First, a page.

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Emotional distress in chronic hepatitis C patients not receiving antiviral therapy
  J Hepatol 2002 Mar;36(3):401-7
Fontana RJ, Hussain KB, Schwartz SM, Moyer CA, Su GL, Lok AS Department of Internal Medicine, Division of Gastroenterology, University of Michigan Medical School, 3912 Taubman Center, Ann Arbor, MI 48109-0362, USA
Background/Aims: The aim of our study was to determine the prevalence, type, and severity of emotional distress in a large group of consecutive chronic hepatitis C (CHC) patients not receiving anti-viral therapy.
Methods: The brief symptom inventory and a 67-item questionnaire with the SF-36 embedded within it were used to study 220 outpatients with compensated CHC.
Results: Seventy-seven (35%) participants reported significantly elevated global severity index (GSI) T-scores compared to an expected frequency of 10% in population controls. In addition, significantly elevated depression, anxiety, somatization, psychoticism, and obsessive-compulsive subscale T-scores were reported in 28--40% of subjects. Subjects with an active psychiatric co-morbidity had significantly higher GSI and subscale T-scores compared to subjects with active medical co-morbidities and subjects without medical or psychiatric co-morbidities (P<0.01). However, patients with CHC alone also had a higher frequency of elevated GSI T-scores compared to population controls (20 versus 10%). GSI and subscale T-scores were strongly associated with SF-36 summary scores (P<0.001).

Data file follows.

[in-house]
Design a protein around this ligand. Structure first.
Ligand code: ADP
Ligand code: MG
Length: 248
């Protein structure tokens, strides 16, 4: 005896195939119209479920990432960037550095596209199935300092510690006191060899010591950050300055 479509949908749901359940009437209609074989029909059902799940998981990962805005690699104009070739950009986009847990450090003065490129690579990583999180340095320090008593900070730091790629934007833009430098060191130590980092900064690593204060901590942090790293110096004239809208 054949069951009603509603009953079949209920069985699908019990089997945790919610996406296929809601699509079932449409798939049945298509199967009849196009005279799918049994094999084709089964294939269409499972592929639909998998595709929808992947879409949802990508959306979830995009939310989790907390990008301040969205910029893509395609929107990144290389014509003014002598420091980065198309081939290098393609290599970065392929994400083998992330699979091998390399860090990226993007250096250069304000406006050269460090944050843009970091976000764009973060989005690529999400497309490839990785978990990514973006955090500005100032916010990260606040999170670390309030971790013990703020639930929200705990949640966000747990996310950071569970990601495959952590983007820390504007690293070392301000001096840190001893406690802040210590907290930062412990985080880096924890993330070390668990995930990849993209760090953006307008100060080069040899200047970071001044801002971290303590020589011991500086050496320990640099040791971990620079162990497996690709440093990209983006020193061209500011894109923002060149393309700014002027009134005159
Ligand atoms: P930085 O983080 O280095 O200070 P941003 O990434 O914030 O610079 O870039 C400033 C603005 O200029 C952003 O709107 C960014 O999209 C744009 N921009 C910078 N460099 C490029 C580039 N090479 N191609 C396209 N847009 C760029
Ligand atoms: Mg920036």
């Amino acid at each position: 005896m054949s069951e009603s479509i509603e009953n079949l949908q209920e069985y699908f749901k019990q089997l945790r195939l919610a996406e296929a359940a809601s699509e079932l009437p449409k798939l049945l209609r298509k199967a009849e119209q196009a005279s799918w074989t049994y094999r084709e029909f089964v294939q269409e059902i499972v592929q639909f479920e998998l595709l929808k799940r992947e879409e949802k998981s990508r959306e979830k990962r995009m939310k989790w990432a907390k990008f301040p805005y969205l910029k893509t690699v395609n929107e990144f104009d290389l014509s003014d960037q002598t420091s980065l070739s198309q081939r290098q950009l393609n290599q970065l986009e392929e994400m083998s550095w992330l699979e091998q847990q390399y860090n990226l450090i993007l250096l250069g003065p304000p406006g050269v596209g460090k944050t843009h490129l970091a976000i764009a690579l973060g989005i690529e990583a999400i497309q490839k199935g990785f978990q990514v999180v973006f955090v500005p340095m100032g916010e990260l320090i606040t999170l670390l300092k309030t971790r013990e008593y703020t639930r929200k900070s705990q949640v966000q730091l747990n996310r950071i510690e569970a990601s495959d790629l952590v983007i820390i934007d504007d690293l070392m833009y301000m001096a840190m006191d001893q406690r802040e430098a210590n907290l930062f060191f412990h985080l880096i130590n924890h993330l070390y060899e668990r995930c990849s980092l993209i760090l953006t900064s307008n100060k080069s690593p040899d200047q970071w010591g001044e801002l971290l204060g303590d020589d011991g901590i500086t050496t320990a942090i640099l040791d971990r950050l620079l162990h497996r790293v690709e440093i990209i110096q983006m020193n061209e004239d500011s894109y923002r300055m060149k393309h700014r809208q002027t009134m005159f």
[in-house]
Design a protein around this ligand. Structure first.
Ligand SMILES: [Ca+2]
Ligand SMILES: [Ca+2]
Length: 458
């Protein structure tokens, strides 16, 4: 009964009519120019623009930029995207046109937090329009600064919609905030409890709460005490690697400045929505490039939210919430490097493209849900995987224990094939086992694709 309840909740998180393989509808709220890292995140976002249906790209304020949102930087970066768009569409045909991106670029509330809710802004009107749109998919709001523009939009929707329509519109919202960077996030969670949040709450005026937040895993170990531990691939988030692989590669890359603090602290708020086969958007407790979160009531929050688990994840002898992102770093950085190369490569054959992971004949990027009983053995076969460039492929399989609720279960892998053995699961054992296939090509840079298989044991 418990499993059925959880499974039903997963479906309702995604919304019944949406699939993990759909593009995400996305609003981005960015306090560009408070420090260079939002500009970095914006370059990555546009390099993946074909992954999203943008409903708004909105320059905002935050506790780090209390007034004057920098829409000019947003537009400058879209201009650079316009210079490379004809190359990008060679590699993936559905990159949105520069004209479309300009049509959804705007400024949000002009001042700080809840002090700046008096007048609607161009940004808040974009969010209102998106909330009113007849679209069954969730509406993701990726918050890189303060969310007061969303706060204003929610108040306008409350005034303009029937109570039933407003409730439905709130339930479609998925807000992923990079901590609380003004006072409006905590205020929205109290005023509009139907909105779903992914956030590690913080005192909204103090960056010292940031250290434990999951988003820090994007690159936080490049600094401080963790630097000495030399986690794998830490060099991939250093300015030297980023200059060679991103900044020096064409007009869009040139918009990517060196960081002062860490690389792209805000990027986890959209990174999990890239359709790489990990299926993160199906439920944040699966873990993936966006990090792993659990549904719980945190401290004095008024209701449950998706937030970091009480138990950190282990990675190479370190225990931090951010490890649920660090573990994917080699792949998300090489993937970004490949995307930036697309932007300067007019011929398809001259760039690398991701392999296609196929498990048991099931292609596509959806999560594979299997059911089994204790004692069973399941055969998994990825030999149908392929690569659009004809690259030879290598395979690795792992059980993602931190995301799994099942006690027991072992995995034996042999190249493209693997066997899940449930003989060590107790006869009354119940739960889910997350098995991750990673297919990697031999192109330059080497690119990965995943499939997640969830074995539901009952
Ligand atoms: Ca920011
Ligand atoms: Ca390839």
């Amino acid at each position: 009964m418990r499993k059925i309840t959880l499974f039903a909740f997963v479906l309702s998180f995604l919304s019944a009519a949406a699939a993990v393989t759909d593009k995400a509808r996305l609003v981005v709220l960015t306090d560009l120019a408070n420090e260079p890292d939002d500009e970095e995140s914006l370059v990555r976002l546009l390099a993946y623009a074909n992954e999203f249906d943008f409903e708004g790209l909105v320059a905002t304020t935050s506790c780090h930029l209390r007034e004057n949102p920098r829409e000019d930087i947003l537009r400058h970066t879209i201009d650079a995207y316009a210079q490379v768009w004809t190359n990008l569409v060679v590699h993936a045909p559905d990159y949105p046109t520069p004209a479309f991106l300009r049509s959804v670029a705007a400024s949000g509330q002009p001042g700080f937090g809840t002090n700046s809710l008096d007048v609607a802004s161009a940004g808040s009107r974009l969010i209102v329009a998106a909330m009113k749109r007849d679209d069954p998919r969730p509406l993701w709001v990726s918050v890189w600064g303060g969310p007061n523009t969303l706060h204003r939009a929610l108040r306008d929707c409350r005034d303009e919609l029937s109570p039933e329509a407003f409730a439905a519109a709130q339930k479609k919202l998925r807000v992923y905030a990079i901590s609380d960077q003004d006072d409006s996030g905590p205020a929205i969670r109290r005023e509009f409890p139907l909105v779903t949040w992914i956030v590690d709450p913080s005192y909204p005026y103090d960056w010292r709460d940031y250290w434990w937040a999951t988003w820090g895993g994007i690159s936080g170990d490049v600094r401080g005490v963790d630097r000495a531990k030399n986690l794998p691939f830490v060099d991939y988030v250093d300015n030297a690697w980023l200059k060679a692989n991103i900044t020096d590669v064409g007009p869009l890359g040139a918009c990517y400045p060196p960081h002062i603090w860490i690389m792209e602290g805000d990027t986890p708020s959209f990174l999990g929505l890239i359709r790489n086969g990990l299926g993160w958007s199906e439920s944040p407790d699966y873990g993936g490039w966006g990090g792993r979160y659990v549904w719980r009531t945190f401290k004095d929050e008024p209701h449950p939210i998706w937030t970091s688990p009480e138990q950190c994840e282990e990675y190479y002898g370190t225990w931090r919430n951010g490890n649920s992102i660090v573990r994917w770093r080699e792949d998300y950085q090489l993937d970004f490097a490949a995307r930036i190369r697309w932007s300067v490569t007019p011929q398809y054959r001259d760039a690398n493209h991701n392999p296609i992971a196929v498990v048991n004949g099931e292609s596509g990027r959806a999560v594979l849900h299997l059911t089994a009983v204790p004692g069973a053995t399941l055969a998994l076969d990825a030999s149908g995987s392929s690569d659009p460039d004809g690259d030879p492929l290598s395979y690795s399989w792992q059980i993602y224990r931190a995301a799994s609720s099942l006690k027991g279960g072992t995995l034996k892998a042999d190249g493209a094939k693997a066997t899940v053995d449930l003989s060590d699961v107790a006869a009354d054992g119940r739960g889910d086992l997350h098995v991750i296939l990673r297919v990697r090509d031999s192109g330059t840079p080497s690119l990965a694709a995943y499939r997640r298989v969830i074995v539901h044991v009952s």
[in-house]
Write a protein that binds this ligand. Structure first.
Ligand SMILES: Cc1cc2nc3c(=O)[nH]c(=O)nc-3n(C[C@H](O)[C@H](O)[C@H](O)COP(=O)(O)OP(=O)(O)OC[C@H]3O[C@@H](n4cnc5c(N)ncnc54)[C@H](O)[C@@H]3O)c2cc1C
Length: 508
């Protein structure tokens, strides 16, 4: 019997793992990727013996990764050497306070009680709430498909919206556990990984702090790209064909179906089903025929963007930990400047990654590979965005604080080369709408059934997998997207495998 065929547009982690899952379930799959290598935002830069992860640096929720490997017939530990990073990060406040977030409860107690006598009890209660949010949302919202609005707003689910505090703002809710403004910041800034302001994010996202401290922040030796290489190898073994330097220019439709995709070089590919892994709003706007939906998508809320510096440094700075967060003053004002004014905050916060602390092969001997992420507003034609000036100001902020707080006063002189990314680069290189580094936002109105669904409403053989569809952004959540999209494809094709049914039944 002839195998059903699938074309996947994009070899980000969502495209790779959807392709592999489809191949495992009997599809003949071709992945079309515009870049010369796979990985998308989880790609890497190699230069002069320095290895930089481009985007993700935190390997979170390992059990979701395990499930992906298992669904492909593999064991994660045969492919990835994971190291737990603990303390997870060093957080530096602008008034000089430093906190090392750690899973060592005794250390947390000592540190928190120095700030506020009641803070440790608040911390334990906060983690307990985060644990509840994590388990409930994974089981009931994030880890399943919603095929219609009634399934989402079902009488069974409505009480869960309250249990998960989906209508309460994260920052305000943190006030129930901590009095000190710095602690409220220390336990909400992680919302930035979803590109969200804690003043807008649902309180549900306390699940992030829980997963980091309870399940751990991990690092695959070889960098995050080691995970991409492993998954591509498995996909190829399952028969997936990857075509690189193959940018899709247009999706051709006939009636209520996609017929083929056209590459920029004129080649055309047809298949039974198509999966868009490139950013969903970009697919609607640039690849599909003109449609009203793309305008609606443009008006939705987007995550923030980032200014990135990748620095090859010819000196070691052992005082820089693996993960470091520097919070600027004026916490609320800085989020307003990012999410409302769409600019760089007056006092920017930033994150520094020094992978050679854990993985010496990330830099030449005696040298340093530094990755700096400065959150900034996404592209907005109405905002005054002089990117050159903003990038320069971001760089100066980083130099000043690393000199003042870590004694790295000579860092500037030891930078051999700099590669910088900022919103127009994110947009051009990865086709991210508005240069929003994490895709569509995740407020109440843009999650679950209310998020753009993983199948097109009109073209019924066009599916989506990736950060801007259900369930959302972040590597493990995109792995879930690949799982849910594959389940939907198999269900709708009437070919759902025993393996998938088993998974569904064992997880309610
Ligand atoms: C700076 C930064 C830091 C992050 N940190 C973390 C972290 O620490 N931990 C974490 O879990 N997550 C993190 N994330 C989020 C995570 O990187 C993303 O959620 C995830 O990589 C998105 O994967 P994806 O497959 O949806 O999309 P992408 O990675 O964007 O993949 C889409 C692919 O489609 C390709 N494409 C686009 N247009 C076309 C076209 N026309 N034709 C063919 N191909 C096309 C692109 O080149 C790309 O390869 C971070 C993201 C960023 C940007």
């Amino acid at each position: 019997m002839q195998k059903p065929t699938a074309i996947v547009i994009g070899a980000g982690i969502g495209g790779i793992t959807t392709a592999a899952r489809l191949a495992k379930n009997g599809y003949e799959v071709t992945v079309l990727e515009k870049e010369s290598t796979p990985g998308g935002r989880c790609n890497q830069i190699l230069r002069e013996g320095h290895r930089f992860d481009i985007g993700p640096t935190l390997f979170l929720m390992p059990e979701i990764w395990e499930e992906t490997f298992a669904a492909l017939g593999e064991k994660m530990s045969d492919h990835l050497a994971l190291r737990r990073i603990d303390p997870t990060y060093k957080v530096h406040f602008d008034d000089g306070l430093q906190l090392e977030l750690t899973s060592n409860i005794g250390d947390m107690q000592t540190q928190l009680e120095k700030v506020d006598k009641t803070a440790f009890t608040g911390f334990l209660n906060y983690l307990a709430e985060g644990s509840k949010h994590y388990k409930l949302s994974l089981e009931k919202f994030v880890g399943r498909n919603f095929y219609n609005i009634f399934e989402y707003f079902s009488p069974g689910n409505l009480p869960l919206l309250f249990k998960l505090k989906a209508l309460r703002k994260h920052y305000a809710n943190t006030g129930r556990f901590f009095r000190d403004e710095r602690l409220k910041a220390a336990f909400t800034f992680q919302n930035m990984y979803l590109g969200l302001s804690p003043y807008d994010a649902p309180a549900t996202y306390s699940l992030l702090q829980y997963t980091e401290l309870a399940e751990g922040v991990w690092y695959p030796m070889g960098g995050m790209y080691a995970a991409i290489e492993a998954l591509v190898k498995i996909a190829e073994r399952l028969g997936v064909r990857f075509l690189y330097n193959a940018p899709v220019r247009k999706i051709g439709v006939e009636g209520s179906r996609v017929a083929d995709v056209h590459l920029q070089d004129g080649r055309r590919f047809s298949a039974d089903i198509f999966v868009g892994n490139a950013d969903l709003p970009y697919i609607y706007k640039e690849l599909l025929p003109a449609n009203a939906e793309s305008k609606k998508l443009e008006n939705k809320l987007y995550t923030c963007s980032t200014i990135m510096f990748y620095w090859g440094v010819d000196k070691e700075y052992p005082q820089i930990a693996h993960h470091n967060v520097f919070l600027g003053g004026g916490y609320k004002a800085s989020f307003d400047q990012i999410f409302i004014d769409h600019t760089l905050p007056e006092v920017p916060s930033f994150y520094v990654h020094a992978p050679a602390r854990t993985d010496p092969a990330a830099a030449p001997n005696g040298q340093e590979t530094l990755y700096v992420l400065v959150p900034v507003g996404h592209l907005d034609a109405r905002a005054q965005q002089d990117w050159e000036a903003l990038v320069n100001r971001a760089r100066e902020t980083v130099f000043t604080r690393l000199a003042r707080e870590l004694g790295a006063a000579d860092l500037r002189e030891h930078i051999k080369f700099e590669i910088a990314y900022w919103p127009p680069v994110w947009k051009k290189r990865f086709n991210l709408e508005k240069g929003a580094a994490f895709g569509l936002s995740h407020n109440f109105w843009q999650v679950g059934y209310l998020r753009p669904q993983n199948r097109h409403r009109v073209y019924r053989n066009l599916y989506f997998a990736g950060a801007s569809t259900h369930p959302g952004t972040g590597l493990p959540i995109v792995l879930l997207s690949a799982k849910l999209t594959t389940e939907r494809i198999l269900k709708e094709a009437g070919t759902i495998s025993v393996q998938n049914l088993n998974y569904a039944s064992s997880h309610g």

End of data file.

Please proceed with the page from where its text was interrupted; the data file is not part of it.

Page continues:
Conclusions: Clinically significant emotional distress was reported in 35% of CHC patients not receiving antiviral therapy. In addition to depression, a broad array of psychological symptoms were observed. Further investigation into the etiopathogenesis and treatment of emotional distress in CHC patients is warranted.
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